The Slovenia Times

Africa Day conference spotlights climate crisis

Brdo pri Kranju
Foreign Ministry State Secretary Samuel Žbogar and Foreign Minister Tanja Fajon (first two from left in front row) at the opening of the 2023 international Africa Day Conference.
Photo: Bor Slana/STA

The climate crisis has been in the spotlight of the first day of the 12th Africa Day international conference at Brdo pri Kranju. Promoting its bid for a non-permanent seat on the UN Security Council, Slovenia said that, if elected, it would aim to step up climate security, as African officials urged global action against climate change.

The two-day conference, which is all the more important for Slovenia's diplomacy in light of its Security Council bid campaign, is attended by foreign ministers of Cape Verde, Malawi, Rwanda, and the Comoros, Rui Alberto de Figueiredo Soares, Nancy Tembo, Vincent Biruta and Dhoihir Dhoulkamal, respectively.

The four officials underlined at a leaders panel on 20 April that despite bearing the brunt of climate change consequences, Africa is not responsible for this crisis. The debate heard consensus on the need for global cooperation in the fight against climate change.

The event's host, Slovenian Foreign Minister Tanja Fajon, stressed the role of "water diplomacy", which she believes could mitigate tensions and conflicts worldwide through responsible and sustainable water management.

Also taking part in the conference was John Kerry, the US special presidential envoy for climate, who warned about the risks that climate change poses for the security of Africa and the world. A total of 17 of the 20 countries most threatened by climate change are located in Africa, Kerry said in a pre-recorded video address.

When it comes to Slovenia's bid for non-permanent membership of the Security Council in 2024-2025, the conference is a great lobbying opportunity ahead of the 6 June vote as it is Africa which has been recently considered an area key to the election outcome, and both hopefuls, Slovenia and Belarus, have been vying to secure votes of African countries.

Support in principle for Slovenia's bid has been confirmed for the media by Dhoihir Dhoulkamal, foreign policy chief of the Comoros, which is presiding over the African Union this year, and his Malawian counterpart Nancy Tembo.

Turning to Slovenia's bid, Fajon reiterated she is cautiously optimistic, but would not dare predict the outcome until the very end.

Regarding climate justice, the pace of action should be faster and an effective model of global climate funding should be put in place. What is equally important are environmentally friendly and locally-targetted measures, she said as she called for efforts to pay attention to young people's ideas, needs and concerns and to increase women participation in decision-making.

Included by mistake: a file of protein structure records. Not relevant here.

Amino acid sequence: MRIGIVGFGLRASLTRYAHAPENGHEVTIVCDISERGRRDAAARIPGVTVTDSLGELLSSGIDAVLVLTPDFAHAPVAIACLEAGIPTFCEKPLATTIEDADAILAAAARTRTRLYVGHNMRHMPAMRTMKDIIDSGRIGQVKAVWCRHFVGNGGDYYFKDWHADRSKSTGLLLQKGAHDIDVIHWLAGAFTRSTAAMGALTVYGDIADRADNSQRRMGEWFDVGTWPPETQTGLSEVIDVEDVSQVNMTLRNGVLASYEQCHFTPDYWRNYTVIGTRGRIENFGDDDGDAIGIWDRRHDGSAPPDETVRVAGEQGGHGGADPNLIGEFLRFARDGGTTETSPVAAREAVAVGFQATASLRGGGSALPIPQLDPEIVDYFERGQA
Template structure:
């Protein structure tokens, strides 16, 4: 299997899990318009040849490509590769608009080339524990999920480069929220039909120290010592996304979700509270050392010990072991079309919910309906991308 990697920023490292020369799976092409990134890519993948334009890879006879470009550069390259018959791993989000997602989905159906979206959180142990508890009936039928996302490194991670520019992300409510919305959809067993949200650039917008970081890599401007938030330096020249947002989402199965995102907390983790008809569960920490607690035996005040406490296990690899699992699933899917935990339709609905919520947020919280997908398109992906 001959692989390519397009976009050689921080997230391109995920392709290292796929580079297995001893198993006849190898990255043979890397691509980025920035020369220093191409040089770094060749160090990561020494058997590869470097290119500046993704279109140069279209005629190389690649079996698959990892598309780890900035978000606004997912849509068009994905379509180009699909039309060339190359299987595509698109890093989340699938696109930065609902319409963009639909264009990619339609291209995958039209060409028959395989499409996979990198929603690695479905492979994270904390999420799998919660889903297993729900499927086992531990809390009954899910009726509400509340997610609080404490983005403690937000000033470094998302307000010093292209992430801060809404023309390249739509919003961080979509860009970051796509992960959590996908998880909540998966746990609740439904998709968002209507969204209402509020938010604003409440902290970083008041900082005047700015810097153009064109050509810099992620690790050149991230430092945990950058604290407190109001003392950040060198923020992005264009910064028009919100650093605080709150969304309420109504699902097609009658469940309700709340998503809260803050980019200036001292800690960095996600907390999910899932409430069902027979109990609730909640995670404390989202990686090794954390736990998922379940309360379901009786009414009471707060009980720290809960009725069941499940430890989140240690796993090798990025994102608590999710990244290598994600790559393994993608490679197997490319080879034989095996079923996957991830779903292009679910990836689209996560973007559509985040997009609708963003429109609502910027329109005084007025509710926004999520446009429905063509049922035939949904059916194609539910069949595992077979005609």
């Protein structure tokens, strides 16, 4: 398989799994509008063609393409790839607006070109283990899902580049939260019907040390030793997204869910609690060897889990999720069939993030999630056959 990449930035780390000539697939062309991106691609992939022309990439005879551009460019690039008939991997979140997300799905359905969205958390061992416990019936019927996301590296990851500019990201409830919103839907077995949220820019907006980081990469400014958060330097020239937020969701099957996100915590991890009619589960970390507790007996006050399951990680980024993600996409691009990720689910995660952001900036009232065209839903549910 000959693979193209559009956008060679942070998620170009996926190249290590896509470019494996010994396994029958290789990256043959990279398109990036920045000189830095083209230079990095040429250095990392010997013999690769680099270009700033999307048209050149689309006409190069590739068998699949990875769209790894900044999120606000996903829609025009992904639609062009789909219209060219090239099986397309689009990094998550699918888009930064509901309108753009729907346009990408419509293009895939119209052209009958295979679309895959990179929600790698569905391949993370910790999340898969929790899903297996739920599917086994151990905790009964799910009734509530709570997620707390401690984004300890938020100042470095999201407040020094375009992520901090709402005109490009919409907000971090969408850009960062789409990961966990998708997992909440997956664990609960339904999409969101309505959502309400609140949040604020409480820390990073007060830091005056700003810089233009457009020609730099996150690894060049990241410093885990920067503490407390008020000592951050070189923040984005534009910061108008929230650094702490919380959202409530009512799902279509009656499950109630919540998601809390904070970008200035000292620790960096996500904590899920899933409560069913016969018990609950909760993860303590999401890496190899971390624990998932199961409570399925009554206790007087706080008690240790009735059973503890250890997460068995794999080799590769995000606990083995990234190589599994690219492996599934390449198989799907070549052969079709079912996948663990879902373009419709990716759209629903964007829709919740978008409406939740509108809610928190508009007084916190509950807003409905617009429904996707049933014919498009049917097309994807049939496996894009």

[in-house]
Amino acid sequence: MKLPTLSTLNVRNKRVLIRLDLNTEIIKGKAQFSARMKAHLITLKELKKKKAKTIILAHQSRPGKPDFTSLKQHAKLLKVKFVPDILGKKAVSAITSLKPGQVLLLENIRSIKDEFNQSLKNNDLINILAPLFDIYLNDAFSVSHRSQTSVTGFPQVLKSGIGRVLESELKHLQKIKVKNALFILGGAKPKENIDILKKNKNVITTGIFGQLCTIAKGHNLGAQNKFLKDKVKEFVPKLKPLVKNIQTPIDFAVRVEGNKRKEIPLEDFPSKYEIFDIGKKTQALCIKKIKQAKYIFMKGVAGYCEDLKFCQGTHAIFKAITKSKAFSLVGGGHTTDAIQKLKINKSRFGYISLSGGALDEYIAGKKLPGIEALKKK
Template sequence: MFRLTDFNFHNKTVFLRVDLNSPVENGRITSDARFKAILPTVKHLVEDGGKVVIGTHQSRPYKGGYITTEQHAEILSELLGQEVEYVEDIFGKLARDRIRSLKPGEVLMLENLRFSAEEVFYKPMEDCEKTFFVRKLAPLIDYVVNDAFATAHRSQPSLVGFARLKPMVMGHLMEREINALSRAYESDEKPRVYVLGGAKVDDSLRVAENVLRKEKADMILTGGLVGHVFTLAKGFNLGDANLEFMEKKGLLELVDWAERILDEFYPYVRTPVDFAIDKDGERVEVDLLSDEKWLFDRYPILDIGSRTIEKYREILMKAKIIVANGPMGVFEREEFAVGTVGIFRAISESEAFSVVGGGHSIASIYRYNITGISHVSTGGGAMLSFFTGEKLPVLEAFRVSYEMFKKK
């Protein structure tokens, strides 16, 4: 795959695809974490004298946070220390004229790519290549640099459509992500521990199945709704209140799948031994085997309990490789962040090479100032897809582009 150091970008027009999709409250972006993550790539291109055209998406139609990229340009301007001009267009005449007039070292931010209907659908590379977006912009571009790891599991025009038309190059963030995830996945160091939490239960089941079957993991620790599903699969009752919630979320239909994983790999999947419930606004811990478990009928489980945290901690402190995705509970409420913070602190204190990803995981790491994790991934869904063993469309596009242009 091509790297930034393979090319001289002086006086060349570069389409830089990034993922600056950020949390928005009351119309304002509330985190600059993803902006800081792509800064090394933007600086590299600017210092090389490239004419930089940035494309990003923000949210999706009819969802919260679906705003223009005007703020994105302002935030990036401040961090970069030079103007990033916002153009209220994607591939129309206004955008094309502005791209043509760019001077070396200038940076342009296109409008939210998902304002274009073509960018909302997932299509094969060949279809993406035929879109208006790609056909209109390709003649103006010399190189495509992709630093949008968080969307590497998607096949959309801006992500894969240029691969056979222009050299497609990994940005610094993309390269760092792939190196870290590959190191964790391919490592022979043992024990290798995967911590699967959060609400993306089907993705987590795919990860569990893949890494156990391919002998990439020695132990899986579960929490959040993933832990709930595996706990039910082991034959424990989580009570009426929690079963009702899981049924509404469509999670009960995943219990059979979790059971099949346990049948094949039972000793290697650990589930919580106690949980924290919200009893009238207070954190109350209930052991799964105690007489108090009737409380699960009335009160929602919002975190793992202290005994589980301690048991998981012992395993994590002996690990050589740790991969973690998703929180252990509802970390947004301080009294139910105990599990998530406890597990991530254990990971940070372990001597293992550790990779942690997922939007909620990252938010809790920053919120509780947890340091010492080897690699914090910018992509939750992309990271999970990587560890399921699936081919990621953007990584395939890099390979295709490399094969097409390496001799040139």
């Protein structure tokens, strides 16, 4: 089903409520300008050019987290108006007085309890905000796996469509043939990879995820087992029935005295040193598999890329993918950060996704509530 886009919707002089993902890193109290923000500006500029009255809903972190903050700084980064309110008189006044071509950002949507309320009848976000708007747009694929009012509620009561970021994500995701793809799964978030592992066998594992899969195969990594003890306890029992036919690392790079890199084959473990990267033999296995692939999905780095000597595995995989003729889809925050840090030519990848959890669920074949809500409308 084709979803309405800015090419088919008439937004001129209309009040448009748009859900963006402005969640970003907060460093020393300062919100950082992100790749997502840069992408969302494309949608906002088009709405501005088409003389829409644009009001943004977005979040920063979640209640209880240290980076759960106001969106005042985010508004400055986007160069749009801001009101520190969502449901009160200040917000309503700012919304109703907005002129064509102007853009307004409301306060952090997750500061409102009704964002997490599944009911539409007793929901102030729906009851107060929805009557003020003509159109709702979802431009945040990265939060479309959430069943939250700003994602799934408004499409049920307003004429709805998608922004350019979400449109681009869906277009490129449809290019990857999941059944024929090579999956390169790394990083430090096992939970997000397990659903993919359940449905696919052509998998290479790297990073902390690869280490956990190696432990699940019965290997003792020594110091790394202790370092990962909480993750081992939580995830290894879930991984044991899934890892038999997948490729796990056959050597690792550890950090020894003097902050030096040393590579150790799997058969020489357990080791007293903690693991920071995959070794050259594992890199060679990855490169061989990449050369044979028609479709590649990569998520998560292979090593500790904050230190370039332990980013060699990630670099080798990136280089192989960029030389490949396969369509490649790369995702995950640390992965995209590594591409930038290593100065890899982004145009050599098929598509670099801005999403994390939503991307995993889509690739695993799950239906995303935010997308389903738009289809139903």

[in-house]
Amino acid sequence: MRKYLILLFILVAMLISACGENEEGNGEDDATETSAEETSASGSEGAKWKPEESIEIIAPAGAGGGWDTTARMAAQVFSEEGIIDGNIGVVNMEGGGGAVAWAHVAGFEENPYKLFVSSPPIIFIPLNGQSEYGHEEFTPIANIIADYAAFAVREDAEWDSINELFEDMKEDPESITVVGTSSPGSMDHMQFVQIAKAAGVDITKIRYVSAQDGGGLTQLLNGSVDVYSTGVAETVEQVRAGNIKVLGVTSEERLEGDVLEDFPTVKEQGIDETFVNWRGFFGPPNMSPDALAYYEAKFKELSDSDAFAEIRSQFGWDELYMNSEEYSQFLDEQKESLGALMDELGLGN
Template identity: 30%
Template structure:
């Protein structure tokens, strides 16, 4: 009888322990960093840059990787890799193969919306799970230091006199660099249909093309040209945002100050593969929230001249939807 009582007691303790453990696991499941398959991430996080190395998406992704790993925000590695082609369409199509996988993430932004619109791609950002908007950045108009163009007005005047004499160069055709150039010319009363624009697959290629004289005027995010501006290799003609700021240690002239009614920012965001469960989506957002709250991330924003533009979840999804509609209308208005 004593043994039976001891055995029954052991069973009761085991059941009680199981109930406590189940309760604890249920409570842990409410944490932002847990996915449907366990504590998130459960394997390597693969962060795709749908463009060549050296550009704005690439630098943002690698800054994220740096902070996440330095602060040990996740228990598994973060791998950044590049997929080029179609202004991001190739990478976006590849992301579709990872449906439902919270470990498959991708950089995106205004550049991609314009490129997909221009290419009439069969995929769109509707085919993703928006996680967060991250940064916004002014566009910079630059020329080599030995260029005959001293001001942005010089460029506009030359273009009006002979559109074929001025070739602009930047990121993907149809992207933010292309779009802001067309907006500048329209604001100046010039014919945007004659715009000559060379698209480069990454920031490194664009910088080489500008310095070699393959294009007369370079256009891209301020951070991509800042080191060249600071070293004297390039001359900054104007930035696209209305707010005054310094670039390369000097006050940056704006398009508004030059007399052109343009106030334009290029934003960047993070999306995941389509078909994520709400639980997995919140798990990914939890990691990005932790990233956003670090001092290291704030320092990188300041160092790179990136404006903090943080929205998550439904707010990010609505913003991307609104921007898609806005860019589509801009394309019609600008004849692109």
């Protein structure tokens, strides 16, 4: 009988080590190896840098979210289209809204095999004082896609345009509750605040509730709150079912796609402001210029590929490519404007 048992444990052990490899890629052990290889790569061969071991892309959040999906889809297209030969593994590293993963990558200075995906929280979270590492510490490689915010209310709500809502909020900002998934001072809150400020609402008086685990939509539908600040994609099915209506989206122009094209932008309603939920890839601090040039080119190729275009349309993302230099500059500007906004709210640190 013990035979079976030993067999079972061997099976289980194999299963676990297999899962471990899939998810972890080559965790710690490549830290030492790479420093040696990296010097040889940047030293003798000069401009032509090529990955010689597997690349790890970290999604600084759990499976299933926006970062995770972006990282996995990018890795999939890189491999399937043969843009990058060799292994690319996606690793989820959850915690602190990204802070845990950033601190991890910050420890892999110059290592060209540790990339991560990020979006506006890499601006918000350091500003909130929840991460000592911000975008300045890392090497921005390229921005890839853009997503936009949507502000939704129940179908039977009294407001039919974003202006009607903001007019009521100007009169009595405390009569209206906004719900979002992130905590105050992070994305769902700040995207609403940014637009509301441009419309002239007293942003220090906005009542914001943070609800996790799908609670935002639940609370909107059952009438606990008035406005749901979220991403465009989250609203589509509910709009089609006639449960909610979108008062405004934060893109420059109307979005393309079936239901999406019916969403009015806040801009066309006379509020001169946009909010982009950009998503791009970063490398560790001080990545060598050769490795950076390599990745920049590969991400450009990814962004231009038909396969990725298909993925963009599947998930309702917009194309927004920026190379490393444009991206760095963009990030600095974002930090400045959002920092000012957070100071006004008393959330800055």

Climate change is also an opportunity to create new partnerships or renew the existing ones to realise the green transition and develop new technologies and new solutions. As a small country, Slovenia finds it essential to form partnerships around the world based on its solidarity- and respect-based foreign policy, the minister said, adding it was in this context that the country's ties with Africa were developed and continue to be deepened.

An address at the conference was also delivered by Slovenian President Nataša Pirc Musar, who said Slovenia, if elected to the UN Security Council, would work to advance the climate and environmental security agenda.

Hopeful that partnership and cooperation with African countries will be strengthened, the president said that Africa is not only the continent of the future, but also the continent of the present.

It is unfair how African countries are among the most vulnerable in the face of the climate crisis while being among those least responsible for it, she added.

What needs to be done is to boost local resilience and use know how, including state-of-the-art technology, to respond to climate change-caused threats, she said, calling for more robust commitments in the global implementation of the Paris Agreement targets. "The 1.5 degrees Celsius target is swiftly sliding out of our reach," she warned.

Also addressing the conference, Slovenia's National Assembly President Urška Klakočar Zupančič said that no country could combat climate change alone. She believes that the desire to mitigate climate change leads people to question the system that puts the profit of the few above the well-being of people and the environment.

Another address was delivered by European Commissioner for International Partnerships Jutta Urpilainen, who highlighted in a video address the importance of cooperation in the fight against climate change, which is crucial for the development and stability of Africa.

The conference is attended by some 300 stakeholders and experts from Slovenia, Europe, Africa and some other parts of the world, the Foreign Ministry said.

On a lighter note, the international event also came with a free musical treat, as Ghanaian Afro-pop singer-songwriter Wiyaala, one of the brightest stars of Africa's music scene, performed in Ljubljana's Novi Trg in the evening of 20 April. She was accompanied by her Europe-based Yaga Yaga Band, which features Slovenian musicians.


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